Austro-Hungarian Empire

Between November 16, 1698, and January 26, 1699, the town of Karlovci was the site of a congress that ended the hostilities between the Ottoman Empire and the Holy League, a coalition of various European powers including Habsburg Monarchy, Poland, Venice and Russia; the congress produced the Treaty of Karlowitz. It was the first time a round table was used in international politics.

After this peace treaty, the town was part of the Habsburg Monarchy and was included into the Military Frontier. According to the 1702 data, the population of the town was composed of 215 Orthodox and 13 Catholic houses, while according to the 1753 data, the population of the town numbered 3,843 people, of which 3,110 were ethnic Serbs.

The town was also the spiritual, political and cultural centre of the Serbs in the Habsburg Monarchy. The Metropolitan of the Serb Orthodox Church resided in the town. To this day, the Serb Orthodox Patriarch retains the title of Metropolitan of Karlovci. The town also featured the earliest Serb (and Slavic in general) grammar school (Serbian: gimnazija/гимназија, French: lycée) founded on August 3, 1791. Three years after this, an Orthodox seminary was also founded in the town: it was the second oldest Orthodox seminary in the world (after the Spiritual Academy in Kiev), and it is still in existence.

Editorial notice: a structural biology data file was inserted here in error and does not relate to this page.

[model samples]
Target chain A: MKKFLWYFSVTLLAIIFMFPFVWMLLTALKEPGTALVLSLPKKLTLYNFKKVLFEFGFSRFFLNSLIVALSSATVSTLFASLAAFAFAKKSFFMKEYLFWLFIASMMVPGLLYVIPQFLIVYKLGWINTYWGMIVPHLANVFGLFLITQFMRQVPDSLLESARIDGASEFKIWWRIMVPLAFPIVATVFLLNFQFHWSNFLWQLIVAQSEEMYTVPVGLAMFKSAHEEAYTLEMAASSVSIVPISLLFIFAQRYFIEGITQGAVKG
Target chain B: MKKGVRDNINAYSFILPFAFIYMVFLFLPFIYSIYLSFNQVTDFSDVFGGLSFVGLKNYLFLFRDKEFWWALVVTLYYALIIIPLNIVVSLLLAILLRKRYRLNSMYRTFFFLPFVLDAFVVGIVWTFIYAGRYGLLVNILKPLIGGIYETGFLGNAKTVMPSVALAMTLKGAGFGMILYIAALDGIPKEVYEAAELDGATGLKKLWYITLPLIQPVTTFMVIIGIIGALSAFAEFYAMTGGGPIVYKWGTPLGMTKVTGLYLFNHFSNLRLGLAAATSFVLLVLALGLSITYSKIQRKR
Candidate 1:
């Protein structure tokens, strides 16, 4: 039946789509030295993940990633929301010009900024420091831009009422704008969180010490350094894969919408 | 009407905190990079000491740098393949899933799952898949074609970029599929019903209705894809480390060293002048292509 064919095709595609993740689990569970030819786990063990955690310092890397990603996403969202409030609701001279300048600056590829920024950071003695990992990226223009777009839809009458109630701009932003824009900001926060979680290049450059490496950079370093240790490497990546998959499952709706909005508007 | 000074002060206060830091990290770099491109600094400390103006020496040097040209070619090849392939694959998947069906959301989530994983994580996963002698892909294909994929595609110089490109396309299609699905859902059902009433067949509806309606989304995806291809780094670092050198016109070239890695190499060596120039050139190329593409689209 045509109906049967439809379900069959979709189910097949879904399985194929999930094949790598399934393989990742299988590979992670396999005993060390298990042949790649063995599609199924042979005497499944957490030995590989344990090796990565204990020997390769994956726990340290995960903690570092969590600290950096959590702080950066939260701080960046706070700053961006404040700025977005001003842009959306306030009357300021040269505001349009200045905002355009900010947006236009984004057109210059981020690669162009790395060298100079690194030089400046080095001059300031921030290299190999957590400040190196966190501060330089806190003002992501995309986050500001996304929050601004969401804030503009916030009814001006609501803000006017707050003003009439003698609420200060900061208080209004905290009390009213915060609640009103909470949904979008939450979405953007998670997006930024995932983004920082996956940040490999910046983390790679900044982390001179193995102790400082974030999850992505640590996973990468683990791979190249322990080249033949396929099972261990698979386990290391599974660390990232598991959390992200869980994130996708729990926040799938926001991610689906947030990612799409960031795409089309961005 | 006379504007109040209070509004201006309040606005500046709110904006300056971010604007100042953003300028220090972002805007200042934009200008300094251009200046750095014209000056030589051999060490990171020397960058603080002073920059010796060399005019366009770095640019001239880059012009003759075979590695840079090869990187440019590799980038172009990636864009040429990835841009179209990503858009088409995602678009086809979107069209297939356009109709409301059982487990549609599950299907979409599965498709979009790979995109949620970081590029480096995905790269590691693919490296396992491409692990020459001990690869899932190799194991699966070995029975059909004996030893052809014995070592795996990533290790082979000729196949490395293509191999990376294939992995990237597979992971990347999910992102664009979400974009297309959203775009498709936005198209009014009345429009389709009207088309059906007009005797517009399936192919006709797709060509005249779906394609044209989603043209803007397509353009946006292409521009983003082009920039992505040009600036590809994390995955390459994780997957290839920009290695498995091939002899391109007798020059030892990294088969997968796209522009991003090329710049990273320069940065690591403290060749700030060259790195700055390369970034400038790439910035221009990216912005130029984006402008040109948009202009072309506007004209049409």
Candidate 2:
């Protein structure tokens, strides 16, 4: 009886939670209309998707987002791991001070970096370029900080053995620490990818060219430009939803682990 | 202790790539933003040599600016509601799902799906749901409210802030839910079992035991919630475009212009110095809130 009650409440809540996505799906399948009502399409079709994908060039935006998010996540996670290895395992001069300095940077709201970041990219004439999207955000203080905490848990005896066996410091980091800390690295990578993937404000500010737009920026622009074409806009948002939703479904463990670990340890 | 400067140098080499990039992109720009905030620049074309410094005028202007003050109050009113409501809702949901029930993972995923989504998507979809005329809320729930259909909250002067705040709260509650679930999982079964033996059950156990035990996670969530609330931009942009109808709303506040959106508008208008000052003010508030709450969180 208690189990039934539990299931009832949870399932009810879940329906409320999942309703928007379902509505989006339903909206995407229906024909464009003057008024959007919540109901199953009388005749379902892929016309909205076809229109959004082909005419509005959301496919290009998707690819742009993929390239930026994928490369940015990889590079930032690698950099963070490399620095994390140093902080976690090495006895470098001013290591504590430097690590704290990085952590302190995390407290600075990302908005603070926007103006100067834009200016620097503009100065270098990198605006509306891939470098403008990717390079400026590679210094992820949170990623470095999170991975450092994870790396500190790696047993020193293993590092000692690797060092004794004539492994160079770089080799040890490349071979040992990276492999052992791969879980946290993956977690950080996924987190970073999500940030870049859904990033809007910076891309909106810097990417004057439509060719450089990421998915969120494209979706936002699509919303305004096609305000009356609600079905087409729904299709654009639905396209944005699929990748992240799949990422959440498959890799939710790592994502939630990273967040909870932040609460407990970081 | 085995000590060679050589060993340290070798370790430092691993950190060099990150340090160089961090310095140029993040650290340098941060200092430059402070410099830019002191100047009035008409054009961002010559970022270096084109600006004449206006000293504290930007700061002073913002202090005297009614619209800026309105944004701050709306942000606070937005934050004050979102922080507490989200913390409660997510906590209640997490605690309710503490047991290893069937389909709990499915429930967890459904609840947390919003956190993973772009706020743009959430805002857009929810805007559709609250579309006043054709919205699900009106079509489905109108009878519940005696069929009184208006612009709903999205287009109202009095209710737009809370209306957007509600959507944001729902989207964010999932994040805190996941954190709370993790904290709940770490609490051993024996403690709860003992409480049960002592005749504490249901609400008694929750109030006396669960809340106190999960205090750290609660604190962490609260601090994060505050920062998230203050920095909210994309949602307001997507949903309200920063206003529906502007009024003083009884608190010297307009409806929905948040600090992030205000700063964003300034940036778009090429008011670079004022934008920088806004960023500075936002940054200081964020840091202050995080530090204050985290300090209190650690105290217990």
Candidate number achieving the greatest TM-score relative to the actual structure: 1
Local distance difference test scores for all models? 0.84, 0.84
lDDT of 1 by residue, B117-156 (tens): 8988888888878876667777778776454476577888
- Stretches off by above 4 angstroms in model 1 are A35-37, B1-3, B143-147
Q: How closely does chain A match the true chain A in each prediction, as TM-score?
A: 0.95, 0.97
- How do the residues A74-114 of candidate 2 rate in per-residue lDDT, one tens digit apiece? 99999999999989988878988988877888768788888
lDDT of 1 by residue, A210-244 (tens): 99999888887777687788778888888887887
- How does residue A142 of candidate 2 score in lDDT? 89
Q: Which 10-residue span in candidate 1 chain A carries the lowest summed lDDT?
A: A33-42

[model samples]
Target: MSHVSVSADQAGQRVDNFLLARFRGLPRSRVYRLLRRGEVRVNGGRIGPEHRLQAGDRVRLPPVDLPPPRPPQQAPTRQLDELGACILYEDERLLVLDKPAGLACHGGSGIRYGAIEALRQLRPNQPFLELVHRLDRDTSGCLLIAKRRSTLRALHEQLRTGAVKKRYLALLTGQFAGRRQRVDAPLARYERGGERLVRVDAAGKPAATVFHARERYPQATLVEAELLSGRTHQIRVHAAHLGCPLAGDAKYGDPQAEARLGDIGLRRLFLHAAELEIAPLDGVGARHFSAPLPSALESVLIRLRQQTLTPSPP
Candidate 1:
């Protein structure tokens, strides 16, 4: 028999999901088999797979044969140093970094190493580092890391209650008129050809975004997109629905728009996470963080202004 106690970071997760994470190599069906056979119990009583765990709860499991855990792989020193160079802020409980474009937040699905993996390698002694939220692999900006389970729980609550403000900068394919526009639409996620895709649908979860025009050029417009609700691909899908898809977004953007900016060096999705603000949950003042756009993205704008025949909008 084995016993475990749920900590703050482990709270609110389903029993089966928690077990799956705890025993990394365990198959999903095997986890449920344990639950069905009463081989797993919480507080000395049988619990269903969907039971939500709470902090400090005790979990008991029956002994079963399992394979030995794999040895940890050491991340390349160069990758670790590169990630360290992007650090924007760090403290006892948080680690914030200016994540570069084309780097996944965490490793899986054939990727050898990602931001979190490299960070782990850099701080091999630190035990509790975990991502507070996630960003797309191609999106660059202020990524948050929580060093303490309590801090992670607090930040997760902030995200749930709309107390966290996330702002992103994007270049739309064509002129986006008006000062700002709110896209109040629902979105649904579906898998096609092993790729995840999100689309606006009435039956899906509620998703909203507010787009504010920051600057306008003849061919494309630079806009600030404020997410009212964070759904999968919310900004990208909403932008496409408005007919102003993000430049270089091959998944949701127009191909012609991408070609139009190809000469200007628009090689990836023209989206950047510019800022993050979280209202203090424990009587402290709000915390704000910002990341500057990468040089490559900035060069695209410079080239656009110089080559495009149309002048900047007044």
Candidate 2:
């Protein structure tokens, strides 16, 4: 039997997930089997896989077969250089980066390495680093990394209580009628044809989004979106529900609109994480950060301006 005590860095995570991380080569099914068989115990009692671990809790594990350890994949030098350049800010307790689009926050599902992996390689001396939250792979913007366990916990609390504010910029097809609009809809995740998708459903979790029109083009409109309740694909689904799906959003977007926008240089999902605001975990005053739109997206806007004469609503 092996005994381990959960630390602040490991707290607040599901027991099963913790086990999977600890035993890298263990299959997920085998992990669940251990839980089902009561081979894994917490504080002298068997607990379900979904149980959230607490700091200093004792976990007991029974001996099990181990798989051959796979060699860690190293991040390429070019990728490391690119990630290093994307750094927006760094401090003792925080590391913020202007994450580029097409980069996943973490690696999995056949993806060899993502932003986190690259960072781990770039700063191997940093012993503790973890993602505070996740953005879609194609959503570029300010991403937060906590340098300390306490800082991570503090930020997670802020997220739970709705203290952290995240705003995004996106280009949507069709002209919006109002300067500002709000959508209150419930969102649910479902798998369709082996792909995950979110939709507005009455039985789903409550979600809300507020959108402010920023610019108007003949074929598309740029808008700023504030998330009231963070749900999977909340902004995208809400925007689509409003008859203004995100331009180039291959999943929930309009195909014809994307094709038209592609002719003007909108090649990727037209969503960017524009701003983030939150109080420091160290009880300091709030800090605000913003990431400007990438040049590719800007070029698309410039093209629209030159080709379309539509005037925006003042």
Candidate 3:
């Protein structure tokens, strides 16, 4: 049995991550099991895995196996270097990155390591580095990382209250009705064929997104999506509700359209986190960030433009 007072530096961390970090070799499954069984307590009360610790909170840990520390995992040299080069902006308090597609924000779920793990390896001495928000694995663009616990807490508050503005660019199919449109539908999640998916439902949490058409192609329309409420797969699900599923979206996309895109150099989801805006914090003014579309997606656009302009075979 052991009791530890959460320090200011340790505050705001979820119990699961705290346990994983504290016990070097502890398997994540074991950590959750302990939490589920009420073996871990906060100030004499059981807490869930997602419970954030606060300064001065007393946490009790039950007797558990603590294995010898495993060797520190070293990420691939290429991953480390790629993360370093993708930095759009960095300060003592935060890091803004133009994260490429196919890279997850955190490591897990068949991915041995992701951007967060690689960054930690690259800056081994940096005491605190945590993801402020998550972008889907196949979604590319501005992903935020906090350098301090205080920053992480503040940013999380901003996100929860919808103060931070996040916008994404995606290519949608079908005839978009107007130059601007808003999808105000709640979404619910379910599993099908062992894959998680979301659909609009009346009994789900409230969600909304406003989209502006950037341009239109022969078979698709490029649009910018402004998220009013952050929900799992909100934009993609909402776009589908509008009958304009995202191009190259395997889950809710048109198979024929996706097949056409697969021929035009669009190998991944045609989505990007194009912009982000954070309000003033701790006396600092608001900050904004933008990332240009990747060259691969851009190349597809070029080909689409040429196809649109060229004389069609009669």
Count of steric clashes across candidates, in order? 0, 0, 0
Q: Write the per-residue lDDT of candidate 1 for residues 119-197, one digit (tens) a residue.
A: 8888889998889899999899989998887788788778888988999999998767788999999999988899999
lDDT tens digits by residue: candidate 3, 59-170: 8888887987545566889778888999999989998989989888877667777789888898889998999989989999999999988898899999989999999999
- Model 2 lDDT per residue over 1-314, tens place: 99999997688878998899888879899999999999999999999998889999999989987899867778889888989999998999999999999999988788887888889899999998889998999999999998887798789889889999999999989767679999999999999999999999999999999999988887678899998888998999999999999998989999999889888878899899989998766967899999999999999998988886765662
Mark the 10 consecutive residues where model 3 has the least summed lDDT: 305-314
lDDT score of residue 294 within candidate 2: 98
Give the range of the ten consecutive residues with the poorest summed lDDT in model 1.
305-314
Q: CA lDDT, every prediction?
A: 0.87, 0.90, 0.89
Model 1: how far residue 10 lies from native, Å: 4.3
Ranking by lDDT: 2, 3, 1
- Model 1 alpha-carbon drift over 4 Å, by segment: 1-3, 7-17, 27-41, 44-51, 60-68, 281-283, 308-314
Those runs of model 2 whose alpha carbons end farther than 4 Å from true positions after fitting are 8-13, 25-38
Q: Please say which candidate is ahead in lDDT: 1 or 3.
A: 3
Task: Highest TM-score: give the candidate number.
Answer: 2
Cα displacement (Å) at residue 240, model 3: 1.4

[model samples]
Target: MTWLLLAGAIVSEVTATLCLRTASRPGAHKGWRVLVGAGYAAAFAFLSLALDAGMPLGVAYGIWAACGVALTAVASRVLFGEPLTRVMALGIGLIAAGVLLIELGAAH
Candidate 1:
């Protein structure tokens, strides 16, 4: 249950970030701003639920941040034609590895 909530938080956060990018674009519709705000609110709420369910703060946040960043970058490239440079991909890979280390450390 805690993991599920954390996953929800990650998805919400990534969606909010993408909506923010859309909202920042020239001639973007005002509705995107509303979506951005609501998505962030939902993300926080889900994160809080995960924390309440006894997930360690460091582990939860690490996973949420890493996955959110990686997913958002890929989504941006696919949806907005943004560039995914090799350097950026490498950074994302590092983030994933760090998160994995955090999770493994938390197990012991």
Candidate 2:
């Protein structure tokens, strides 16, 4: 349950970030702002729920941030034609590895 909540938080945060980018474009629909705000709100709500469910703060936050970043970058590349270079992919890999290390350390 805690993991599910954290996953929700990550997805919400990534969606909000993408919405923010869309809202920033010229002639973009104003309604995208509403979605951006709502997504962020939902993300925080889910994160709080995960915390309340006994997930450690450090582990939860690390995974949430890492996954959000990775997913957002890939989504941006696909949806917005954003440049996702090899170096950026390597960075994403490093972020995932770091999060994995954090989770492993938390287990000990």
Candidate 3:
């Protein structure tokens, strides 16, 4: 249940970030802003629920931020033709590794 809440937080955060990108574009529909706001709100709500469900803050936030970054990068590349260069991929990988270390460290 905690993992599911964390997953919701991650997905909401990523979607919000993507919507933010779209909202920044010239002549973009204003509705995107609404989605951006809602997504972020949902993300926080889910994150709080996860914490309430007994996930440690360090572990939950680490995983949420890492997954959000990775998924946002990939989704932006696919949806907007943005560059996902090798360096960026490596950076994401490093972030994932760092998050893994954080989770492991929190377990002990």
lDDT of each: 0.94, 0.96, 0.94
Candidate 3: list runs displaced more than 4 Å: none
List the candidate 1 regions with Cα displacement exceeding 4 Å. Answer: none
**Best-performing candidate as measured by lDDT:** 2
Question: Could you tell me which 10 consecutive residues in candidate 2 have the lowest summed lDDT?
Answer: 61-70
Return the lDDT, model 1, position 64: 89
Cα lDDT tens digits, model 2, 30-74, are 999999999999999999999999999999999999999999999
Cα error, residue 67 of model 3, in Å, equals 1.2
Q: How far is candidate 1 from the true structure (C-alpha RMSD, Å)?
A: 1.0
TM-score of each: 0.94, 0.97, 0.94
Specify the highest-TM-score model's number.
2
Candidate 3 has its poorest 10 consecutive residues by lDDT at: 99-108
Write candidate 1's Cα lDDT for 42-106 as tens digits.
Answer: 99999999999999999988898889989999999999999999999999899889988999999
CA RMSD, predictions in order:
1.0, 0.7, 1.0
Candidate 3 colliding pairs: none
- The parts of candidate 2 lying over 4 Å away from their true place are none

Modern history, 1848--

Proclamation of Serbian Vojvodina in 1848 in Sremski Karlovci

At the Serb National Assembly in Karlovci in May, 1848, Serbs declared the unification of the regions of Srem, Banat, Bačka, and Baranja (including parts of the Military Frontier) into the province of Serbian Vojvodina. The first capital of Serbian Vojvodina was in Karlovci, until it was latter moved to Zemun, Veliki Bečkerek, and Temišvar. In the same time the title of the Orthodox Metropolitan of Karlovci was raised to that of Patriarch, which thus established an Orthodox Patriarchate of Karlovci that existed until 1920 when it was joined with the Metropolitanate of Belgrade to form the new Patriarchate of Serbia.